A Tale of Portsea Basin

By Christine Lawrence.

It was just before dawn on a damp November night.  Joe walked home after a most difficult night shift.  Normally he loved the walk home in the dark.  It gave him a chance to leave behind his work and prepare for the day ahead – a couple of hours sleep and then off to his job in the Charlotte Street market.  As he turned into Arundel Street, just a few more yards to his flat, he felt a change in the air.  A mist was swirling about the trees, newly planted in the precinct.  He walked a little faster and nearly fell over the man sitting on the bench in the middle of the street.  Joe stopped just in time.

‘Sorry.  I didn’t see you there.’  He looked down at the man.  He hadn’t even flinched.  ‘Are you alright?’ Joe asked.  No answer came.  He could see the man was awake but he didn’t even look up at him.  Joe shrugged and walked on.  He hadn’t gone more than a few steps when he heard the sound – the sound of a heavy horse’s hooves on cobbles, water lapping in the background.  He turned back to look and the man had gone.  The sounds had gone.  All that remained was the drip, drip, drip of the rain from the roof overhanging the shops.

If they hadn’t dredged the canal they’d never have found me.  I’d been lying there for months, the fishes nibbling at my flesh, water snails sliding between my toes, my body weighted by the rocks tied around my waist with ropes still yet to rot.  Now there would be questions asked and finally some answers revealed.

You thought I’d abandoned you but I never would have done that.  I was waiting for you, waiting at the canal basin, waiting as we’d agreed the night before.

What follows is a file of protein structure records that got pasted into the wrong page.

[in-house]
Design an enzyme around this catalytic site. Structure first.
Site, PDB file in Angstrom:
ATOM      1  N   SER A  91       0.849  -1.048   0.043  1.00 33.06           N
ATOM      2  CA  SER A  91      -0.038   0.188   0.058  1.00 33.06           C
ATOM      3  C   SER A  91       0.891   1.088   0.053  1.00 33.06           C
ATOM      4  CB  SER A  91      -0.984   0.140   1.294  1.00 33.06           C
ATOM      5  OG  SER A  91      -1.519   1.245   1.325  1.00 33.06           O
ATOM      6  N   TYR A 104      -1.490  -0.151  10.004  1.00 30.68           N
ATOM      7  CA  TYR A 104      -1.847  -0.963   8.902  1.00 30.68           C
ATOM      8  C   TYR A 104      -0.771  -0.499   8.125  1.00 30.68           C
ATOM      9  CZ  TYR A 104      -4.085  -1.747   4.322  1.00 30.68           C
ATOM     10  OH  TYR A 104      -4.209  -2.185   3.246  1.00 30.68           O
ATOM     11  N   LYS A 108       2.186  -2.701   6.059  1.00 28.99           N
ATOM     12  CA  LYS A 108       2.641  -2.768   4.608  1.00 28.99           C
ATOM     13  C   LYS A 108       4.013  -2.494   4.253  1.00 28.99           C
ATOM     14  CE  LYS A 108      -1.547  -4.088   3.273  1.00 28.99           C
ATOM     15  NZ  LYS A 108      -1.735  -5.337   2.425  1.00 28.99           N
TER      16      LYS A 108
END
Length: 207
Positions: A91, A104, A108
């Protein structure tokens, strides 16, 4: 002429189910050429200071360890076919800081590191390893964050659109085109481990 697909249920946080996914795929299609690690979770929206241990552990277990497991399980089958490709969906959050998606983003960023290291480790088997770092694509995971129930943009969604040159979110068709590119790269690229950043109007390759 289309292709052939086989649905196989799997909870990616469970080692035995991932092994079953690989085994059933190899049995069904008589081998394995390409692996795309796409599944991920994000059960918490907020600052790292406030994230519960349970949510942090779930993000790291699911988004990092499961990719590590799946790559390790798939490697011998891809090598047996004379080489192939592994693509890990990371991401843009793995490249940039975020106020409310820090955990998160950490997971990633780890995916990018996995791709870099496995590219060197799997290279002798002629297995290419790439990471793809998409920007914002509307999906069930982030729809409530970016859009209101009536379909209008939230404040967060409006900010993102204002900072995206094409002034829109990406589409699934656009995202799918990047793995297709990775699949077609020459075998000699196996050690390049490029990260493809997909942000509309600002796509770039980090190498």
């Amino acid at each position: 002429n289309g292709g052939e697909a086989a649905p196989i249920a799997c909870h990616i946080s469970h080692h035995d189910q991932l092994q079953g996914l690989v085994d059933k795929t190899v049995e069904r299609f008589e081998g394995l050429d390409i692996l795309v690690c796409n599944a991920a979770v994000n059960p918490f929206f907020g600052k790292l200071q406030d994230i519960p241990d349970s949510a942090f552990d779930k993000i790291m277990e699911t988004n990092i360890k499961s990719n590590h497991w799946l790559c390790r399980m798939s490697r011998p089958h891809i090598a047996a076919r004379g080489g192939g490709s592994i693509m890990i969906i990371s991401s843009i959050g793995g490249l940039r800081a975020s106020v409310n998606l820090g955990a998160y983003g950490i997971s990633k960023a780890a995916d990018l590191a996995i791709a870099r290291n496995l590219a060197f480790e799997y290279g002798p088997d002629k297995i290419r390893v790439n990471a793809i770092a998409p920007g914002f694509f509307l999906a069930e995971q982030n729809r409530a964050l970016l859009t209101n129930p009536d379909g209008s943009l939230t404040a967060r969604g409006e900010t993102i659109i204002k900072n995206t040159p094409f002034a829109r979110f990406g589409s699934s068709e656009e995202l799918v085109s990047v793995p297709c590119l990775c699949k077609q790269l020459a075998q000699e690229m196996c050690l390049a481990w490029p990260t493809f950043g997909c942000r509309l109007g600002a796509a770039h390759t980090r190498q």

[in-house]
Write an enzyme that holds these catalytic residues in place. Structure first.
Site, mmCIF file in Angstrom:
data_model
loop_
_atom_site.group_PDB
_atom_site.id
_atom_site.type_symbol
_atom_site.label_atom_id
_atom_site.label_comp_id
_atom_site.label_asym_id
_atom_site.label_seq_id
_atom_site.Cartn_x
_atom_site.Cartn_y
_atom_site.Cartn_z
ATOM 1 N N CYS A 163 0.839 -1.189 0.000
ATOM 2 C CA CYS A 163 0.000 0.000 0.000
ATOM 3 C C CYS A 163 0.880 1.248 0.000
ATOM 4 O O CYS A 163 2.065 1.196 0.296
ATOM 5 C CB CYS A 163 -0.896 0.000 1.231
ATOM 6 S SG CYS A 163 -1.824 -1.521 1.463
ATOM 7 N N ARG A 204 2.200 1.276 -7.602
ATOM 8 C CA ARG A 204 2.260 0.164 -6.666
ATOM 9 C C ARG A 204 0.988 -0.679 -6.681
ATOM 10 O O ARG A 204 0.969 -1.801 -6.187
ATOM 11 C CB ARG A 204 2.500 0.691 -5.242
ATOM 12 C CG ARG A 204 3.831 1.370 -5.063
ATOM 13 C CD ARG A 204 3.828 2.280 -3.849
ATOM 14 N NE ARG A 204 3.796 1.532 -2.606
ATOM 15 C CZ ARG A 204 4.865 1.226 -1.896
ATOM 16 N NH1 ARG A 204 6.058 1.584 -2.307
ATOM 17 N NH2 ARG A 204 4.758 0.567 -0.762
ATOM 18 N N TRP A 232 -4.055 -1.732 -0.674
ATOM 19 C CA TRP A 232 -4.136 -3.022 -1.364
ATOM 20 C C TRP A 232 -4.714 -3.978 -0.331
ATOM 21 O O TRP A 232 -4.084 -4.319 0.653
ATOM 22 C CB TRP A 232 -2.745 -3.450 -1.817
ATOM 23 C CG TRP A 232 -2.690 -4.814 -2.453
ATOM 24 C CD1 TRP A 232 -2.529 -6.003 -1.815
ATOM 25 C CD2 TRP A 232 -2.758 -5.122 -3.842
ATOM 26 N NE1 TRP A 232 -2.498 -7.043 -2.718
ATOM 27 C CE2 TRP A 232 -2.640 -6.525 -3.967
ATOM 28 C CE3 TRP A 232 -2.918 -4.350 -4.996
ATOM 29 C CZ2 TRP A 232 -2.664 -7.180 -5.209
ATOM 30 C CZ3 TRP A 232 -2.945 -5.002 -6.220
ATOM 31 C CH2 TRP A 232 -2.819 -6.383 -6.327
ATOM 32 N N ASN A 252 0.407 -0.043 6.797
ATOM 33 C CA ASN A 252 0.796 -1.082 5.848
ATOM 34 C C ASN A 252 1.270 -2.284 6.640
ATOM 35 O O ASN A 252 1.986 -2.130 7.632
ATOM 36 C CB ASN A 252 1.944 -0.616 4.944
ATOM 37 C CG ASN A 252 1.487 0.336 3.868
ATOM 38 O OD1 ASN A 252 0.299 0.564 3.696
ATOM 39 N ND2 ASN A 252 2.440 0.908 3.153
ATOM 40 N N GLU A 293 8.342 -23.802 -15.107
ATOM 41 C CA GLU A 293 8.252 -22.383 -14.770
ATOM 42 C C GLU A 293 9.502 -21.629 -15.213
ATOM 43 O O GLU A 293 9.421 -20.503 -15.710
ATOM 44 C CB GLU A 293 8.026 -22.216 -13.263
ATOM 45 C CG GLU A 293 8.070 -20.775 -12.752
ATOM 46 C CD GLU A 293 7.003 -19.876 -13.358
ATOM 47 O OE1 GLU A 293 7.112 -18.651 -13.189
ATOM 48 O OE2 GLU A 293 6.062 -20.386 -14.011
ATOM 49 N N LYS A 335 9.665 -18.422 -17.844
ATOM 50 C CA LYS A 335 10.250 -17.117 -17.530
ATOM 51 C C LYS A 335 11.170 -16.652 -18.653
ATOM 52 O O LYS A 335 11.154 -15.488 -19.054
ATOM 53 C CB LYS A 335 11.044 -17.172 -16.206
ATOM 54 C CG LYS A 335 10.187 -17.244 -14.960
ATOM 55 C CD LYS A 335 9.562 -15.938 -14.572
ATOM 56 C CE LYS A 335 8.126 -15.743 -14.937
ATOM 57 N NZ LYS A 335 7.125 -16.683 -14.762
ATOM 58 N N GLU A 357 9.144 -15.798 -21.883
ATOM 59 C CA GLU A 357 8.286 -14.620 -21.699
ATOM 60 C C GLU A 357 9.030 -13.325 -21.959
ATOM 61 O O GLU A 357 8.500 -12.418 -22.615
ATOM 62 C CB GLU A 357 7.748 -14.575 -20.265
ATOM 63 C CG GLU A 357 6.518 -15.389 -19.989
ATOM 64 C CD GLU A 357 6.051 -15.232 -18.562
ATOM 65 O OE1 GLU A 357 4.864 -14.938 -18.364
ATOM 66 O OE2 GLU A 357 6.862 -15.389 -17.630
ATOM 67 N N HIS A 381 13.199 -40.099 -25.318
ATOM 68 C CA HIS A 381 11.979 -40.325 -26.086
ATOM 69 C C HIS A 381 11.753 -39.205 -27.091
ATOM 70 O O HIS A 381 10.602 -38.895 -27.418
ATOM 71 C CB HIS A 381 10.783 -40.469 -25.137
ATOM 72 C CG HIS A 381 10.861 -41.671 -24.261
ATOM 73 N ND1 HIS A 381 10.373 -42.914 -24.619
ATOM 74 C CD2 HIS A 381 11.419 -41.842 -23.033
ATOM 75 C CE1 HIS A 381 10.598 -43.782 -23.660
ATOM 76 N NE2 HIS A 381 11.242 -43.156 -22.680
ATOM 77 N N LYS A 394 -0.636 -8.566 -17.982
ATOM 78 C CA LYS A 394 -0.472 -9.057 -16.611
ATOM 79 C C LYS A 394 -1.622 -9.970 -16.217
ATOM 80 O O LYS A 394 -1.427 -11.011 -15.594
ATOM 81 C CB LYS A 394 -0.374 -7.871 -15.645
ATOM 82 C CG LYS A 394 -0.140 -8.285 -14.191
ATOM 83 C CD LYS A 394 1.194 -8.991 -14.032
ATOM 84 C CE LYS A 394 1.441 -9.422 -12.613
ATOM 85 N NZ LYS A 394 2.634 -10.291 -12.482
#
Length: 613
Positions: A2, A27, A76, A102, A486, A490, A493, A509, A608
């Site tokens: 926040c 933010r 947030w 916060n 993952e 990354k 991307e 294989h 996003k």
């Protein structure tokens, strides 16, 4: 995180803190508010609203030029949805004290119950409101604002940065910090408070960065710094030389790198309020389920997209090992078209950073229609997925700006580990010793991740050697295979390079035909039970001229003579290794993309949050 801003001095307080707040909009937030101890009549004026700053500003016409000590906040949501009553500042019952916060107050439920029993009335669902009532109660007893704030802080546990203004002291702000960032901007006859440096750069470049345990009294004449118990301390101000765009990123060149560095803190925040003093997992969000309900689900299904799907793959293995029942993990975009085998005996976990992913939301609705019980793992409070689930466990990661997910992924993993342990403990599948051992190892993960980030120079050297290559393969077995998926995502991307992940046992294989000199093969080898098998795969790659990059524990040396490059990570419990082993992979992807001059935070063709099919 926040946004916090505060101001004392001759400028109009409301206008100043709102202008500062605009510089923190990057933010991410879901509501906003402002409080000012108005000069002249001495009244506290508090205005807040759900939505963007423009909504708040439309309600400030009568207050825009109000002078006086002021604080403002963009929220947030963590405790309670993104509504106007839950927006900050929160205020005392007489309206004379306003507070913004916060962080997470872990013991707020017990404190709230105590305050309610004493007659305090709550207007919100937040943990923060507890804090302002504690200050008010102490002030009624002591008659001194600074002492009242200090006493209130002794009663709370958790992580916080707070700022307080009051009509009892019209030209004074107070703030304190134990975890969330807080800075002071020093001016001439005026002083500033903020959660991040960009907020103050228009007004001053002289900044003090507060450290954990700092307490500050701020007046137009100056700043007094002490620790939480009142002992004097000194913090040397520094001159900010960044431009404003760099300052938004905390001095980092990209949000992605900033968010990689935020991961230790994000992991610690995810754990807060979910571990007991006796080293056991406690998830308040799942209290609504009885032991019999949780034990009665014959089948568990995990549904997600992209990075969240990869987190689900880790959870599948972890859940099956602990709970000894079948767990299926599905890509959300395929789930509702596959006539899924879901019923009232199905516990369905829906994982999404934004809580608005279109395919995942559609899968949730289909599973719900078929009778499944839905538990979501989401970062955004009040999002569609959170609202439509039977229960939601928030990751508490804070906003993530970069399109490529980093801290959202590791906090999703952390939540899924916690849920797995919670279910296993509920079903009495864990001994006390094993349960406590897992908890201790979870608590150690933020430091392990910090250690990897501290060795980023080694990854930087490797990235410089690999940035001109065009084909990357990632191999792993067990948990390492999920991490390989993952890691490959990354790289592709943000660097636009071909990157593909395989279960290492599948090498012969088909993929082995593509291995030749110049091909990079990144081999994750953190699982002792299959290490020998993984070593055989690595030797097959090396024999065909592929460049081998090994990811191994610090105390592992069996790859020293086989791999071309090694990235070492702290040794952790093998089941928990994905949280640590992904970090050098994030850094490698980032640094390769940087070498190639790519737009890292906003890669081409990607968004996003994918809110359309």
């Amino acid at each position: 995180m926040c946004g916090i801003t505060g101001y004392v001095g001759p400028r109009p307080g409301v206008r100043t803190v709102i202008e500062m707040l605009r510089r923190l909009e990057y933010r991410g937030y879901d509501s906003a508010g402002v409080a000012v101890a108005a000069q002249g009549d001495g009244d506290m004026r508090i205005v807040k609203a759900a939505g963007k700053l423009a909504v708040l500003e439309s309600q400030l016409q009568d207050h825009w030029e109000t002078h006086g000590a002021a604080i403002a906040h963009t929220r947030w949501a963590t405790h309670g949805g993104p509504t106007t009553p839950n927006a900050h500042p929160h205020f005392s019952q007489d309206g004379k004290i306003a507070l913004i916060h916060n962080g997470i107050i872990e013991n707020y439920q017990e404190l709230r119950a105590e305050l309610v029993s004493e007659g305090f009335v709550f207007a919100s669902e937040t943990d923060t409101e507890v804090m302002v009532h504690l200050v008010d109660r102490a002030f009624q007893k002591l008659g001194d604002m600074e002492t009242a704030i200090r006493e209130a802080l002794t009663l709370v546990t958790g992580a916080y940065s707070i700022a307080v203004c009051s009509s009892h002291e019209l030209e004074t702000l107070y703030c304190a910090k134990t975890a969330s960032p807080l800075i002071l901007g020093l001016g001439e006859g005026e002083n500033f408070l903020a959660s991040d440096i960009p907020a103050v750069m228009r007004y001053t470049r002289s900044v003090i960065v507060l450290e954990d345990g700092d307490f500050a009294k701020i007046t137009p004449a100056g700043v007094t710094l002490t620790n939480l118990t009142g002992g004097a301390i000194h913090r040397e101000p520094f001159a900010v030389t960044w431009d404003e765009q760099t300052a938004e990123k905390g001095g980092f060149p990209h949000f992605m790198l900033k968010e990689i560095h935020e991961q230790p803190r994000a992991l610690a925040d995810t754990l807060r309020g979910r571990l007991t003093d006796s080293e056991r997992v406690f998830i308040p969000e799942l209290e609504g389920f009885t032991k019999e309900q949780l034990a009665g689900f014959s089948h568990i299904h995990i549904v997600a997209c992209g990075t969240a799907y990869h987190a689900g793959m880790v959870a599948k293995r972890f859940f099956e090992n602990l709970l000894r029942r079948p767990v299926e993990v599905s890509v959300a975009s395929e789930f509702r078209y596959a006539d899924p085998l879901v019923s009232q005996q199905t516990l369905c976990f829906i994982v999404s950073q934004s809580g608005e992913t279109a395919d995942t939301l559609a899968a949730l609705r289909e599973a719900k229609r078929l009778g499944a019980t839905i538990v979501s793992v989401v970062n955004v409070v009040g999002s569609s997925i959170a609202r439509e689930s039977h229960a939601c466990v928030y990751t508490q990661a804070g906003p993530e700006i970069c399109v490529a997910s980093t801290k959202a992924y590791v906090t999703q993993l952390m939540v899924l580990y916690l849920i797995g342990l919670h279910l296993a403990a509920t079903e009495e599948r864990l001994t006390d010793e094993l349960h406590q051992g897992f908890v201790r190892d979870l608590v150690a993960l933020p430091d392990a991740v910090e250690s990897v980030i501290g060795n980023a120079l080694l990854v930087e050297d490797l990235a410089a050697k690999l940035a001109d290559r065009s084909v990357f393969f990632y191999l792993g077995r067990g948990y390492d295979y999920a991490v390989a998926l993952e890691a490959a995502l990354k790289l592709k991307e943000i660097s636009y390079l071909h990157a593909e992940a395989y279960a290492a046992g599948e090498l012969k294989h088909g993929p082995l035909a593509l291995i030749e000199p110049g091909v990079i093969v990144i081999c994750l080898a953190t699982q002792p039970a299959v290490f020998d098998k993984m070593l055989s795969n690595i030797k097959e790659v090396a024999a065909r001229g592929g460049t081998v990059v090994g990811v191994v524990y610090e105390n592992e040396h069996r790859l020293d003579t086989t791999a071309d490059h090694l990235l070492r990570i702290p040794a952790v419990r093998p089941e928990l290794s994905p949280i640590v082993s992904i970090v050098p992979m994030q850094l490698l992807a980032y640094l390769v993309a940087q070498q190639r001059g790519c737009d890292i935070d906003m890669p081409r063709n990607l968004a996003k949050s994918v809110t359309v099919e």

The day was nearly over, the evening sun glowed red on the still water.  All seemed at peace.  The barge would be leaving in an hour, our passage booked to London.  We knew that this was the safest way to get you away – the road to London would have been the first place they’d have looked once they’d discovered you missing.

Looking back now, I wish that I’d been stronger, that I’d not delayed and had agreed to leave when you’d first told me about the child.  If only I hadn’t hesitated.

As the dirty waters were pumped from the muddy basin and I looked down on my mouldering body, I was glad you weren’t there to see what was left of me.  I wondered where you were – I wondered about our child.  I was so busy wondering about things that I hadn’t noticed him standing there on the bank.  His face was like a thunderstorm, ready to burst forth.  He was also looking down at my body.  I stood behind him, wanting to push him over the edge into the murky slime but the past weeks and months had taught me the impossibility of this, my own body being of no further use to me.  Had I pushed him, my hand would have gone straight through his body and the worst he would have felt was a shiver of someone walking over his grave.

I watched, helpless, as he looked about, and seeing that he was completely alone and safe from the prying eyes of the living, he made his way to a nearby stack of timber and began to carry a log back to the bank.  He dropped the log onto my poor half-eaten body.  The mud was soft beneath my remains and as the log hit my chest I sank a little.  It may have been my imagination but I swear I felt a thud as it landed.  Still my body could be seen from the bank.  He fetched another log, then another and another, dropping each one onto my body until it was completely covered.  I felt the dull thud of pain as each one dropped, sensing the vitriol from the man on the bank – the man who’d been your cruel suitor, the man who had murdered me.